Democracy/Governance / 03.09.2018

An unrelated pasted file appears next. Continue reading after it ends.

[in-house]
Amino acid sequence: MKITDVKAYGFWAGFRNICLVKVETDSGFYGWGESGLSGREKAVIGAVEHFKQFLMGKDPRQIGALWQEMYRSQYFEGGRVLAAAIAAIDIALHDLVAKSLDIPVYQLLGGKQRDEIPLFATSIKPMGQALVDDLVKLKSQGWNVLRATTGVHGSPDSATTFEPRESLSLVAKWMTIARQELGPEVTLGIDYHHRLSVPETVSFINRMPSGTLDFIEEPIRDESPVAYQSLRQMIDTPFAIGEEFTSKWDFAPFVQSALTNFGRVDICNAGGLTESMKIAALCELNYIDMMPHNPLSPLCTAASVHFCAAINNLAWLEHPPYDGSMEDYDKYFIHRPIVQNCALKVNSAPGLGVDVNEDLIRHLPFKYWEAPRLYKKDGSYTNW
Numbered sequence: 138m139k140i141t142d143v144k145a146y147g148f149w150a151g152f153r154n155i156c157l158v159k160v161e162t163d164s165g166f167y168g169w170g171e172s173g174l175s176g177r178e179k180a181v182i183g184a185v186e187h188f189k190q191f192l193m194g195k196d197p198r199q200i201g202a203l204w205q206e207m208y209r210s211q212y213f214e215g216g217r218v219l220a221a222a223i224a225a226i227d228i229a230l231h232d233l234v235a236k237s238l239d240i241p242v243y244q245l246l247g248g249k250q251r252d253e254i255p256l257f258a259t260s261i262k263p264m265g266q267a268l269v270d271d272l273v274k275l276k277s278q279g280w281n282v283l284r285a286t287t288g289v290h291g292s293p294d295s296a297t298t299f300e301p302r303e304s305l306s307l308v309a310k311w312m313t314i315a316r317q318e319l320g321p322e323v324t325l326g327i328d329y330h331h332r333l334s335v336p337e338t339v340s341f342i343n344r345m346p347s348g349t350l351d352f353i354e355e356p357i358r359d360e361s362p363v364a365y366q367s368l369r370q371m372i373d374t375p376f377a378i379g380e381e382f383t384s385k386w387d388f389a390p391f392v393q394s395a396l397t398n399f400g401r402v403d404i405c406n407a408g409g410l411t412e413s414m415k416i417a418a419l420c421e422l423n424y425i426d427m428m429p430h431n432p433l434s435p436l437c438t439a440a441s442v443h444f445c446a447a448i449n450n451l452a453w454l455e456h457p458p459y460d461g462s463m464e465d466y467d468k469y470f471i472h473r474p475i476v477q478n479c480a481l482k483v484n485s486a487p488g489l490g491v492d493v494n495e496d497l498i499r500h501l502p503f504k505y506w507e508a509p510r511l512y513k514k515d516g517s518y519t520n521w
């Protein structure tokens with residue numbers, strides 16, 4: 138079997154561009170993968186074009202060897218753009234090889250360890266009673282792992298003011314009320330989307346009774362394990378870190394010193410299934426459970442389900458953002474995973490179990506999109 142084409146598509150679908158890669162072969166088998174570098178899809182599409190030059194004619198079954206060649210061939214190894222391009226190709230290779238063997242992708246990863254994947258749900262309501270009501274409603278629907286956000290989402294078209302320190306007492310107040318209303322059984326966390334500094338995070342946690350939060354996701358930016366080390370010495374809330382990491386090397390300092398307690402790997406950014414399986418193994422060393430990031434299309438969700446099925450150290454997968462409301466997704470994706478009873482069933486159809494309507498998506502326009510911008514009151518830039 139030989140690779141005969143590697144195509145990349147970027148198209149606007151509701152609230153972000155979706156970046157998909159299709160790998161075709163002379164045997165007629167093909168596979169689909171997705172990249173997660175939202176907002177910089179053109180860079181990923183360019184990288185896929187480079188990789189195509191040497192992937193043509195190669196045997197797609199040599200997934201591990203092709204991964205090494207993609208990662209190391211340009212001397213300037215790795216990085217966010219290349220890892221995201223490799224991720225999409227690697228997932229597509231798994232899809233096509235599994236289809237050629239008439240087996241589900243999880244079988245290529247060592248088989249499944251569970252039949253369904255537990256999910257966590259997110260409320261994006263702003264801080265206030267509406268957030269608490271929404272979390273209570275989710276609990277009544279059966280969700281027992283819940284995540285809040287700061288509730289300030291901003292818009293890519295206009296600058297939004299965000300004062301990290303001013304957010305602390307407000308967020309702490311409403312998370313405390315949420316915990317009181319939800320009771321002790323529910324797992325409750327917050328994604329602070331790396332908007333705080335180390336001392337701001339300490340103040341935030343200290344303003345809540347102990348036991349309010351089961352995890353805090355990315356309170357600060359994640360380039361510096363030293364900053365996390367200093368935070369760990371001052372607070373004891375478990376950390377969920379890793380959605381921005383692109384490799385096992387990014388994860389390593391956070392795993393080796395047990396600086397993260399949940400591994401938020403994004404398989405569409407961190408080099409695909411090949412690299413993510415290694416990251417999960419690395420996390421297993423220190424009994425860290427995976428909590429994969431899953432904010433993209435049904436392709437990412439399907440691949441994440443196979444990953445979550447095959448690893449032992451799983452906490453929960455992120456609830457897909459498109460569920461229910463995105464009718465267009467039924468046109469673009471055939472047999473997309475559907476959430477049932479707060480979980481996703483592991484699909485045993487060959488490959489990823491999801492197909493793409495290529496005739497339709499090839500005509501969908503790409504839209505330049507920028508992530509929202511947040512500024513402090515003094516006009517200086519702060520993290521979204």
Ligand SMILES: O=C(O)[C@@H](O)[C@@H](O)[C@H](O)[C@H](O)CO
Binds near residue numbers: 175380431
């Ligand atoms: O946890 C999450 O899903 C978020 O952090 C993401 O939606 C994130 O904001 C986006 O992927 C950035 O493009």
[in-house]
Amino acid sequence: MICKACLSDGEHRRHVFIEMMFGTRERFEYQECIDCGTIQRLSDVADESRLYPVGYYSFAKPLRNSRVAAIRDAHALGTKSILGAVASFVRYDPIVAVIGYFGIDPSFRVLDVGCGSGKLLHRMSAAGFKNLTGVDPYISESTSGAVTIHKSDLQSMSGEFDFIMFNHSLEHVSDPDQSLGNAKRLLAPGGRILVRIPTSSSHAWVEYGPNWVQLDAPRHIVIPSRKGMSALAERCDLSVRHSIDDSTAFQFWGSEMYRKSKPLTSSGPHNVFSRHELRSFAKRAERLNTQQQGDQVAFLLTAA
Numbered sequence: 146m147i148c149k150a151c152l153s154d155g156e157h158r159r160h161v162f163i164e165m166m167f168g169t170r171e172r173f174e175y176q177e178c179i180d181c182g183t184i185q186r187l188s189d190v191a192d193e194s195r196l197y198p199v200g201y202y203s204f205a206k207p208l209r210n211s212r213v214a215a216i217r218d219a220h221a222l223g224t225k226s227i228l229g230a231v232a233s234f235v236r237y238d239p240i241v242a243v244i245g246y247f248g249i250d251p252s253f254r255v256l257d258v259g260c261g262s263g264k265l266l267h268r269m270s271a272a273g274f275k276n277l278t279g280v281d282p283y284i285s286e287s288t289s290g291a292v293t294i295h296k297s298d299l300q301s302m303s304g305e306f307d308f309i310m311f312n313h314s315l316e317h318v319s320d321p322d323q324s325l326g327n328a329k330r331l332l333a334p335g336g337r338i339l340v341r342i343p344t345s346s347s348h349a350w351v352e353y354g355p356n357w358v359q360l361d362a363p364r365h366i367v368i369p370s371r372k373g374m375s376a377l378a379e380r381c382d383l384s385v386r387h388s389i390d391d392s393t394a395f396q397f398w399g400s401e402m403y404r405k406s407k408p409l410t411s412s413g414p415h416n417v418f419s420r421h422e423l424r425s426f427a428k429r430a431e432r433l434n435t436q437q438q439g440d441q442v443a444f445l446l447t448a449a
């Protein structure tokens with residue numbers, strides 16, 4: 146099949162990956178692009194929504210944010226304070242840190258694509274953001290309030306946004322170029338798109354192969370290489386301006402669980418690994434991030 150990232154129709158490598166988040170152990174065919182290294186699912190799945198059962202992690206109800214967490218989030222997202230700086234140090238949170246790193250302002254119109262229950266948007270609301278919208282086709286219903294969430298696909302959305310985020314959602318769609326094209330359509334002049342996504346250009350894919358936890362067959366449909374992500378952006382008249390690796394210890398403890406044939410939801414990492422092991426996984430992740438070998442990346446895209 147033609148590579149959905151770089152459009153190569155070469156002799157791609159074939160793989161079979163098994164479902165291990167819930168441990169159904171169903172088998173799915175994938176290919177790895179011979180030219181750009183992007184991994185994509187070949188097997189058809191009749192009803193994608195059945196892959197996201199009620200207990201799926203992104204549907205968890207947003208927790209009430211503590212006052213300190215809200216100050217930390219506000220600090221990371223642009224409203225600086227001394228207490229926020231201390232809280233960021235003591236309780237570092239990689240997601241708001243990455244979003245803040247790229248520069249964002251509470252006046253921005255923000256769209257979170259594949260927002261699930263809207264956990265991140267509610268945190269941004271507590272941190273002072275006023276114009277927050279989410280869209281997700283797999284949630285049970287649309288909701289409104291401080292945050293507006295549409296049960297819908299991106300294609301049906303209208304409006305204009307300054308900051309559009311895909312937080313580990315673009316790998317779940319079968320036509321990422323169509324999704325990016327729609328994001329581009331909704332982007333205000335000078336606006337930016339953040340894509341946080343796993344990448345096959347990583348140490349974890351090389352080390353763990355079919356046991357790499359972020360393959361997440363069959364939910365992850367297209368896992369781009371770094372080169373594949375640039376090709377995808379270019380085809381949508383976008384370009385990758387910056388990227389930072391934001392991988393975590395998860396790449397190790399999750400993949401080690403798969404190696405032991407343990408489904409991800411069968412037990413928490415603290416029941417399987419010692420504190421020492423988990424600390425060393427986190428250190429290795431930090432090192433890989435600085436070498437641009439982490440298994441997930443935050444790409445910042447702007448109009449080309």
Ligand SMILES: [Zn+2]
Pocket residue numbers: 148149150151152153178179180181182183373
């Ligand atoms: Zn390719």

By Anjum Altaf Some lessons are very hard-earned and stand out for their stark truth and searing honesty. Ivan Klima, a well-known Czech novelist, was transported to a concentration camp at the age of ten and was there for four years till the end of WWII in 1945. Many who accompanied him did not survive their internment. In a deeply-felt memoir of that experience (“A Childhood in Terezin”), Klima recalls two lessons that stayed with him. First, that “Every society that is founded on dishonesty and tolerates crime as an aspect of normal behaviour, be it only among a handful of the elect, while depriving another group, no matter how small, of its honour and even its right to life, condemns itself to moral degeneration and, ultimately, to collapse.” And, second, “that often it is not the forces of good and evil that do battle with each other, but...